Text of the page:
- Charity accused of becoming ‘too cosy’ with the MoD, and ‘wrongly focusing’ on veteran recovery centres
- It recently spent £20million renovating flagship centre Tedworth House, Wilts, a Grade II-listed building
- A BBC probe unearthed cases of soldiers having to pay for their own physiotherapy and prosthetic limbs
- Mother of double amputee Ben Parkinson, who carried the Olympic torch in Doncaster, said injured soldiers are not always getting the help they need
Help for Heroes has been slammed by some of Britain’s worst-injured soldiers for subsidising building projects rather than helping the war-wounded.
Veterans of the battlefield accused the charity of becoming ‘too cosy’ with the Ministry of Defence at a cost to their everyday care.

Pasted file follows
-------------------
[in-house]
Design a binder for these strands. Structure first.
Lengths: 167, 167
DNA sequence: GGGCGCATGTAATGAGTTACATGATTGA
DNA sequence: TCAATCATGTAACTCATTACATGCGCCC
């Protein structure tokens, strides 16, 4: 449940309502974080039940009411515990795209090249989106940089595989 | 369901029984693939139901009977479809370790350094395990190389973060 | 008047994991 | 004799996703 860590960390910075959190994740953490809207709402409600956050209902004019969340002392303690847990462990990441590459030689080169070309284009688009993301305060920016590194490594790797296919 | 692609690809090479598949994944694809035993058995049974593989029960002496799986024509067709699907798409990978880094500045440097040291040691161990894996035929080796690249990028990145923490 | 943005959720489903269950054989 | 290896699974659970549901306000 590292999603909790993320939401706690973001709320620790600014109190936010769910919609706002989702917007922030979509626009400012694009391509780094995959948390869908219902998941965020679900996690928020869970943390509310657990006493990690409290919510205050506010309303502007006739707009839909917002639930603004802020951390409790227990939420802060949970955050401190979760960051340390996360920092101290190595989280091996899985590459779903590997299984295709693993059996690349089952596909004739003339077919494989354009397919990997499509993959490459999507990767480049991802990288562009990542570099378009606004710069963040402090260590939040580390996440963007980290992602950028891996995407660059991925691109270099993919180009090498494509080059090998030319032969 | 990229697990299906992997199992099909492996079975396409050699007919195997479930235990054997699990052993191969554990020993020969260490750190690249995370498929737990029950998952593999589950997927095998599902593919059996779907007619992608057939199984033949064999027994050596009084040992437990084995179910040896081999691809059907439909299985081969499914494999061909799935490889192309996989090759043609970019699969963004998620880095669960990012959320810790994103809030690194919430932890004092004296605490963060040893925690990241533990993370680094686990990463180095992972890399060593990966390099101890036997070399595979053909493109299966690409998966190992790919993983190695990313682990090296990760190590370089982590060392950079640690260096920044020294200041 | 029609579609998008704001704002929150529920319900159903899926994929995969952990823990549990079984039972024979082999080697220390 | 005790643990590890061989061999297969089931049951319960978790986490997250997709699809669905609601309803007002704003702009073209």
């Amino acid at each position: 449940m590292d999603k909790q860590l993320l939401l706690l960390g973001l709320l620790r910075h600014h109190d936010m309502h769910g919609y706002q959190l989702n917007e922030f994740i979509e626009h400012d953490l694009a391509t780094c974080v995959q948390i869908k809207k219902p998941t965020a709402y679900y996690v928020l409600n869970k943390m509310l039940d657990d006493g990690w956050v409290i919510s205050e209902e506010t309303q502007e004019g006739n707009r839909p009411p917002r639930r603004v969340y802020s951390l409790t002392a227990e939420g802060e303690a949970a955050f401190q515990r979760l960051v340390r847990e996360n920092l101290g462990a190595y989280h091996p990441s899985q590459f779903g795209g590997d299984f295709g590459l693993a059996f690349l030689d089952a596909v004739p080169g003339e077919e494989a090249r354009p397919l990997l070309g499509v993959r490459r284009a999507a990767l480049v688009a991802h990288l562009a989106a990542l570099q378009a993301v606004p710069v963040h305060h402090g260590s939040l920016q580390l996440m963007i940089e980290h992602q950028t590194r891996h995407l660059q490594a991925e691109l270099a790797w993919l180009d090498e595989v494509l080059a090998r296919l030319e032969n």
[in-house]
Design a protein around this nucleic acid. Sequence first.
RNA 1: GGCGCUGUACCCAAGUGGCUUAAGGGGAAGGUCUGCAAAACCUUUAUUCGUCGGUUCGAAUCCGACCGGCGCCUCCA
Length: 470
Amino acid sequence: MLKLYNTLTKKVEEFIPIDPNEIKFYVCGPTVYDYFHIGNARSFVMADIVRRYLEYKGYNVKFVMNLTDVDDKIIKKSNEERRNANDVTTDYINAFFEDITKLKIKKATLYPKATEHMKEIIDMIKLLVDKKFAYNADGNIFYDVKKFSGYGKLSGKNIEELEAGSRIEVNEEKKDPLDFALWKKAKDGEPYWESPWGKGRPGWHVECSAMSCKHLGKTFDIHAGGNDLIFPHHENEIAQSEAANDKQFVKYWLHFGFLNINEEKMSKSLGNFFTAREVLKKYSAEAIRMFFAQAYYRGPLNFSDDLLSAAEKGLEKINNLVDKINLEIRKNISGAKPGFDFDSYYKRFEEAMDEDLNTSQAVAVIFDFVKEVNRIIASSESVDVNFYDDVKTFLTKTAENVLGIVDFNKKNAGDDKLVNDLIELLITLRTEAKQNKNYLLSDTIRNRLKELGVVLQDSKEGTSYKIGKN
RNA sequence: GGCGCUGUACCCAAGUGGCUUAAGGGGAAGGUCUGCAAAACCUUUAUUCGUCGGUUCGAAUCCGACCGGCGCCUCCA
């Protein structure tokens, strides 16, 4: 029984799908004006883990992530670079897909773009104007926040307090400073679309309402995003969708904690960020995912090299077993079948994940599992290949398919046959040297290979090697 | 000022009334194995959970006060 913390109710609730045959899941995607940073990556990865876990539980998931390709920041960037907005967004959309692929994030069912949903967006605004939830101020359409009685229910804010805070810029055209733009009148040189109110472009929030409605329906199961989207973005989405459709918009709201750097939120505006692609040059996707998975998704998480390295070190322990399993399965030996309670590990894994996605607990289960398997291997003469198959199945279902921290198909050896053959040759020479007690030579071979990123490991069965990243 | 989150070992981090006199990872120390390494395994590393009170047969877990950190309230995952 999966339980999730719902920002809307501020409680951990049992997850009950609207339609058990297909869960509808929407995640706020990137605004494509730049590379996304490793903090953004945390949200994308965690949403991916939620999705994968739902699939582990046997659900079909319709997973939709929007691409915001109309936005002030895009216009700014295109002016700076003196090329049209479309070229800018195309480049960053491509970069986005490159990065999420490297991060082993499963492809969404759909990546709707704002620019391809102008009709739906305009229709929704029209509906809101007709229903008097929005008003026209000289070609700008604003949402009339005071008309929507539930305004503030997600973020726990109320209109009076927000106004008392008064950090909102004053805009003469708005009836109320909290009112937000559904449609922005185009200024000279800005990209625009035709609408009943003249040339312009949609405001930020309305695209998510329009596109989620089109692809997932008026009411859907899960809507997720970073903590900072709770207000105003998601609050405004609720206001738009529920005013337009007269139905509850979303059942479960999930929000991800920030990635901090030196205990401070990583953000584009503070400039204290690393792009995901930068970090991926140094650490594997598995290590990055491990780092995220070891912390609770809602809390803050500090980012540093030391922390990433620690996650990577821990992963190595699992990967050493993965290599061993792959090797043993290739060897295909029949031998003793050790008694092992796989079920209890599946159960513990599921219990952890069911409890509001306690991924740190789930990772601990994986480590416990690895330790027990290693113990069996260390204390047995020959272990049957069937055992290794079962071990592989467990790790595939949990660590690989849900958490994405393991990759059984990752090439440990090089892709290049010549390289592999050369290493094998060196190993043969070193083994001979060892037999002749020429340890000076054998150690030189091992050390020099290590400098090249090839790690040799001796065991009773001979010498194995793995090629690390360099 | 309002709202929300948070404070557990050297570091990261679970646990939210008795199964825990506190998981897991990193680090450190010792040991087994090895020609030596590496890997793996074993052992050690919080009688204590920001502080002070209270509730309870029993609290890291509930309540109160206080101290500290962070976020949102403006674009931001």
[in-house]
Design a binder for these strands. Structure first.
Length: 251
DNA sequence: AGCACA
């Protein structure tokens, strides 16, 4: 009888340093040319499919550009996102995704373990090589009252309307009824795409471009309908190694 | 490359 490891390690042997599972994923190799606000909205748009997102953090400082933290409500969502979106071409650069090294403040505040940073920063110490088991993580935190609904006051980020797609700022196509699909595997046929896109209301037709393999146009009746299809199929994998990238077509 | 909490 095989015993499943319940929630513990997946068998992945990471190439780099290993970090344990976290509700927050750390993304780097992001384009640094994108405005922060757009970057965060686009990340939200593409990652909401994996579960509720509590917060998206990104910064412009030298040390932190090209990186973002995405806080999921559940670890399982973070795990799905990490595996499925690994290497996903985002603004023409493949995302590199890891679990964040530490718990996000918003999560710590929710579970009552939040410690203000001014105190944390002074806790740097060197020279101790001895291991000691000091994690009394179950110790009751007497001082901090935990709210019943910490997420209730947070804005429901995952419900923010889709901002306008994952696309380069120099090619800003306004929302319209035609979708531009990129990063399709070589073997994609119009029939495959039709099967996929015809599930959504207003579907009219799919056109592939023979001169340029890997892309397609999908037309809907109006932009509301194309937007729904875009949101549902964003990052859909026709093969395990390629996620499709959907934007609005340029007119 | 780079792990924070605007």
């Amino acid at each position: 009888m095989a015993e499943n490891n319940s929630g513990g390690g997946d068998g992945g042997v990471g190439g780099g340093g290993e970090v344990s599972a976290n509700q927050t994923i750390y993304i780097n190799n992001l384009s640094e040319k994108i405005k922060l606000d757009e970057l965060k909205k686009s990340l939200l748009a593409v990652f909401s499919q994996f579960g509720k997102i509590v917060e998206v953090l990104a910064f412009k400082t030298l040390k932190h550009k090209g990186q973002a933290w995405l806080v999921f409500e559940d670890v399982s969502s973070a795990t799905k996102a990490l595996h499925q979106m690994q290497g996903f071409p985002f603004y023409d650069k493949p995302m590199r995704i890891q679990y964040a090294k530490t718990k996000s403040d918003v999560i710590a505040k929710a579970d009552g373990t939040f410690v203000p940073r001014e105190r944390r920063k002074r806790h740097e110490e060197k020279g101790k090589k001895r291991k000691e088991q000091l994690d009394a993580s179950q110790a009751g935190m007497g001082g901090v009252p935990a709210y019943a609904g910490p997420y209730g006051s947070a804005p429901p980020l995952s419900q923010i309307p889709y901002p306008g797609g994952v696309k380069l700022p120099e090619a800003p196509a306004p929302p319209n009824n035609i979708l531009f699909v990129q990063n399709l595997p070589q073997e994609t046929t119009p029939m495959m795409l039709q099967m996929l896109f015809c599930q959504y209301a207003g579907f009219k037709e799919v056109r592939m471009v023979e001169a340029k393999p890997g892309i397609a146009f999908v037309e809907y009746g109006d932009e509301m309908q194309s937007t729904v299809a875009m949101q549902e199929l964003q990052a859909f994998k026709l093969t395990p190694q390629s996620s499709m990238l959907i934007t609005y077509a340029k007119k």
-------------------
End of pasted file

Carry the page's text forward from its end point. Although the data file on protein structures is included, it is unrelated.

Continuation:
Help for Heroes has funnelled millions of pounds into recovery centres built by the MoD to give much-needed support to the wounded.
But an investigation by the BBC heard that the money is not being allocated effectively and would have been far better spent on the many soldiers who are missing out on care they so desperately need.